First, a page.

These banks are now establishing footholds indiamond hubs such asBelgium (specifically Antwerp) andChina.
About 50 smaller, Tier 2 banks participate inlending consortia.
Historically, Israeli banks ranked among theleaders inthediamond-financing market, but since thecrisis, promi
nent names such asBank Leumi, United Mizrahi-Tefahot Bank, andUnion Bank ofIsrael have trimmed their
diamond-related portfolios. Declining volumes ofcutting andpolishing activities inIsrael are among thekey factors contributing tothe cutbacks. These banks have also curtailed their roles intheUS market since thecrisis.

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The Global Diamond Report 2014 | Bain &Company, Inc.

Figure 3.1.6: Historically, ahandful ofspecialized players have served themarket


Banks share of outstanding diamond industry debt, 2013
100%
Other banks
Israeli banks
~60
banks

Other Indian banks

State Bank of India

4
banks

Standard Chartered
Antwerp Diamond Bank
ABN AMRO

Traditional banks: HSBC, Barclays


New players recently emerging (e.g., in Dubai)
Leading players on Israeli banking market
(Union, Mizrahi, Discount, with Leumi withdrawing)
>50 Indian banks involved in the industry
Tier 1 players including country leaders such as State Bank of India
and associates, Bank of India, ICICI Bank
Emerging player among industry leaders, largely
expanding portfolio since 2009
Apart from middle market also serves miners
Traditional player in industry financing, main lender
to small and medium-size companies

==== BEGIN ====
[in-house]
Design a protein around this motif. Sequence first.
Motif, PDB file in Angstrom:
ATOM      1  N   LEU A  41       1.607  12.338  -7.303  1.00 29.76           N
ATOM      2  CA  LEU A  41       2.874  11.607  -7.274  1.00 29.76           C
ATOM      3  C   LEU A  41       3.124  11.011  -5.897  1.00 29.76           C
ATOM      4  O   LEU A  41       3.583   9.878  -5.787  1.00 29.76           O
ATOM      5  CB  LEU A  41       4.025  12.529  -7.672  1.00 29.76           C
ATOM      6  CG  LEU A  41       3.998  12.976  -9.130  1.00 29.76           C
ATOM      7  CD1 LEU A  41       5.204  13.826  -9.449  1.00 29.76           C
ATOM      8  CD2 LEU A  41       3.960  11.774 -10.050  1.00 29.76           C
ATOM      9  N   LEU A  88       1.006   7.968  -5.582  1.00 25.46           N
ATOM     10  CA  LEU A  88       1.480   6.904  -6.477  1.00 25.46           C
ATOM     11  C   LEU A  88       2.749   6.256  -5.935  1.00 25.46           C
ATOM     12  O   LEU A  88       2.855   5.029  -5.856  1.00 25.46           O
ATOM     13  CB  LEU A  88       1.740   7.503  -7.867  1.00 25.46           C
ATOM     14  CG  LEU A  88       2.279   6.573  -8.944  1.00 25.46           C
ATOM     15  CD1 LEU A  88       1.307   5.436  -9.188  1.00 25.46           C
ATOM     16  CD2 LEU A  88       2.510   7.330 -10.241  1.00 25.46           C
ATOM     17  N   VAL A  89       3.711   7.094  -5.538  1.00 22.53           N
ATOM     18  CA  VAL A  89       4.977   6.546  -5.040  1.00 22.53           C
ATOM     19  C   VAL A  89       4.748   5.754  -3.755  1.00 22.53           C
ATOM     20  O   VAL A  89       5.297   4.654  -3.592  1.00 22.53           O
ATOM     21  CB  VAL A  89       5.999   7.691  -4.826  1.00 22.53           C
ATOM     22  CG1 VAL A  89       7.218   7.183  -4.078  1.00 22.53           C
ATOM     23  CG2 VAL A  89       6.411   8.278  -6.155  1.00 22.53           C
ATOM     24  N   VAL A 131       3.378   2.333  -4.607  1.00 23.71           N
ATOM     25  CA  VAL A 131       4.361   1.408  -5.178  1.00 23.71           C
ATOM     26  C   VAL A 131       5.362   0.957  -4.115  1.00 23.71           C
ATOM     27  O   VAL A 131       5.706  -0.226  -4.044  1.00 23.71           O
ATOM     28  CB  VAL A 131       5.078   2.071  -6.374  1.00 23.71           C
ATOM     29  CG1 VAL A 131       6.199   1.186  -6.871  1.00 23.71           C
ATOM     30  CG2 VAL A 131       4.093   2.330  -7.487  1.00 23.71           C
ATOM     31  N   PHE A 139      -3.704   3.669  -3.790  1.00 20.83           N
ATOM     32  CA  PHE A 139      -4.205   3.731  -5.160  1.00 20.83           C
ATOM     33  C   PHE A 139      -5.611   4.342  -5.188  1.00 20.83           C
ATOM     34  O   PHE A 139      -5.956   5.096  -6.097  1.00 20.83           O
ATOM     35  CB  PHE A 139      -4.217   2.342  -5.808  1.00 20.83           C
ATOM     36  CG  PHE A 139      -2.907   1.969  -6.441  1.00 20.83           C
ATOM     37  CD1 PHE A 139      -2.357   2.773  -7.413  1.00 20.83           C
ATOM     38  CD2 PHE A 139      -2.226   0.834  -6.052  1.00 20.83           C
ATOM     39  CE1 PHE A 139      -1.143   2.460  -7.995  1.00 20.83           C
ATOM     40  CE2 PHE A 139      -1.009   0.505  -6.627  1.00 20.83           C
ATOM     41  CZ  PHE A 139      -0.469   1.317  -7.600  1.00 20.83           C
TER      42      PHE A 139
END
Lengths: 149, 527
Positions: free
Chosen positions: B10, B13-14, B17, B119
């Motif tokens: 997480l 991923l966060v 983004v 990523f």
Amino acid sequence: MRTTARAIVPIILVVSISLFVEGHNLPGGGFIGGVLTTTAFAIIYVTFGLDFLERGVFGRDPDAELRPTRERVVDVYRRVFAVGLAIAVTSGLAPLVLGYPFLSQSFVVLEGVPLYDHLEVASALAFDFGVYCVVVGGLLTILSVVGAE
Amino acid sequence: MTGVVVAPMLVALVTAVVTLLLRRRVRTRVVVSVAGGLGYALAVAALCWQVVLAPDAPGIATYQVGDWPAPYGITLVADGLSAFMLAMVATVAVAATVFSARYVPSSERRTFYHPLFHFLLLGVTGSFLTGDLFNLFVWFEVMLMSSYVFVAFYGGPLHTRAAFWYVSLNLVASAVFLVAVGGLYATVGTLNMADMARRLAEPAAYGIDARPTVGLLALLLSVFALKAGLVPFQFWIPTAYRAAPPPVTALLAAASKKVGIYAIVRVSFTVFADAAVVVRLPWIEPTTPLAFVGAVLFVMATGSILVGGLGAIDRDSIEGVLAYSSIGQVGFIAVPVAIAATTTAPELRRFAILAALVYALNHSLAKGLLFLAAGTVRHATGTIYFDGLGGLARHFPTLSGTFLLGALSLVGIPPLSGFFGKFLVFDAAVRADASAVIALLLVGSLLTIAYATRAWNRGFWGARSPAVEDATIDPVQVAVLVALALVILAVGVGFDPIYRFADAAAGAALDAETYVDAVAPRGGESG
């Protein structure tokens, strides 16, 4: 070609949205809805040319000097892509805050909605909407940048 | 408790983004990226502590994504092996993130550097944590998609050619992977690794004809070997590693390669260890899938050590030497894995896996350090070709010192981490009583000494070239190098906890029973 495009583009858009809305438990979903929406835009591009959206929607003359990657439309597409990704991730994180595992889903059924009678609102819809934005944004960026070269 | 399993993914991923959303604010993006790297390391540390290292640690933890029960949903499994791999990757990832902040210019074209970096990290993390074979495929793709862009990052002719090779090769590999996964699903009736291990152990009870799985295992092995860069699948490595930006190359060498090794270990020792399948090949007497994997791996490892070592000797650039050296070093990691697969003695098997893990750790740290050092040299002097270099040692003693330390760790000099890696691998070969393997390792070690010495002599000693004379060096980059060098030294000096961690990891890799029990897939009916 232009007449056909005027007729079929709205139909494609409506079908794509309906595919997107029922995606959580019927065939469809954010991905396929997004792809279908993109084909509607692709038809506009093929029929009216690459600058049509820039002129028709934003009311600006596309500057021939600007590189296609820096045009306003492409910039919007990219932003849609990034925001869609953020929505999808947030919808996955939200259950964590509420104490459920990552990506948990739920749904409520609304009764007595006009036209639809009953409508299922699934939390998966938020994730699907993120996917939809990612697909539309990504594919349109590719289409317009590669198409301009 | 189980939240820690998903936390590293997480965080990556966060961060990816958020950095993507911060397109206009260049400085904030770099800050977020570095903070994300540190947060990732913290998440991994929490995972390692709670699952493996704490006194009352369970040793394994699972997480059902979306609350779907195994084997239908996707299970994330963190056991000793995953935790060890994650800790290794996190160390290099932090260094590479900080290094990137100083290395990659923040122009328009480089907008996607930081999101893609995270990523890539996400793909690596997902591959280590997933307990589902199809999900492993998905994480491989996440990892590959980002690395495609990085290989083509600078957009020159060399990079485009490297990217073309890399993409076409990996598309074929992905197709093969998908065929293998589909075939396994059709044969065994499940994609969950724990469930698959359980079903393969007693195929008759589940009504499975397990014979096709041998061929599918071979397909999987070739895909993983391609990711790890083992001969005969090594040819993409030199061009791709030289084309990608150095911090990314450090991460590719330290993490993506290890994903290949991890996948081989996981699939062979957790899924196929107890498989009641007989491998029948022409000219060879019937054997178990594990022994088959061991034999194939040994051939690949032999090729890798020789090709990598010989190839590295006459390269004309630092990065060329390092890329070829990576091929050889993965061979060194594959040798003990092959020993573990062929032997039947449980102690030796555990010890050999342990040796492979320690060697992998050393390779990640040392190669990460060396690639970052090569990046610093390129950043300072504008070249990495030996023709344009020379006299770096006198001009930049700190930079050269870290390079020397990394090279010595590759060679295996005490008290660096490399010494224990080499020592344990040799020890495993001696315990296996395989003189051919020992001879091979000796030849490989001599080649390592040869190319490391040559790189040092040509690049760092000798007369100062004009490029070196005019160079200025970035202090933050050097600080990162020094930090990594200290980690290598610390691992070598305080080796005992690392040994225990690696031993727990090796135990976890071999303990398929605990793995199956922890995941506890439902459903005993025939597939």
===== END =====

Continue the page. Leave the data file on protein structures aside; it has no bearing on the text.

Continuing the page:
Expected to cease diamond lending activity*
Dedicated division of ABN AMRO integrated
within ABN AMRO / RBS** network

*According to announcement by owner KBC Group from September 2014, following group restructuring
**Royal Bank of Scotland
Source: Company data; publication analysis; expert interviews

3.2. The diamond-financing markets evolution and emerging challenges


Since 2008, thediamond-financing markets growth has been inthedouble digits, but challenges have
appeared during this period that we expect will accelerate theevolution ofthe businesss operating model insignificant ways.
Diamantaires have increased their leverage asinventory andcollection cycles have lengthened andprofit margins
have narrowed, while banks must contend with increased risk inthediamond industry aswell astighter regulation andindustry-wide restructuring.
Diamantaires increasing leverage
Since 2002, excluding thecrisis year of2008, thediamond-financing markets growth has been robust, posting
acompound annual growth rate (CAGR) ofabout 13% before thecrisis anda23% CAGR since 2009. During
thesame time span, theratio ofdebt tothe value ofpolished diamonds (aproxy for thediamond industrys
leverage) grew from about 50% toabout 73% (see Figure 3.2.1).
India made thelargest contribution tothe growth inoutstanding debt, accounting for more than $5 billion
or55%of the$9 billion total increase. Thefactors that account for that growth include anincrease inunderlying
diamond activities, especially asIndia has consolidated its role asaglobal cutting andpolishing center, andasignificant increase intheleverage ofbank clients. Theentry into themarket ofanew generation ofplayers has contributed toareshaping ofthe competitive dynamics. Ontheone hand, thenew players have strived tomake their
businesses more corporate; ontheother, theestablished traders andcutters andpolishers lack ahigh level ofretained earnings, asituation that contributes torising debt levels (see Figure 3.2.2).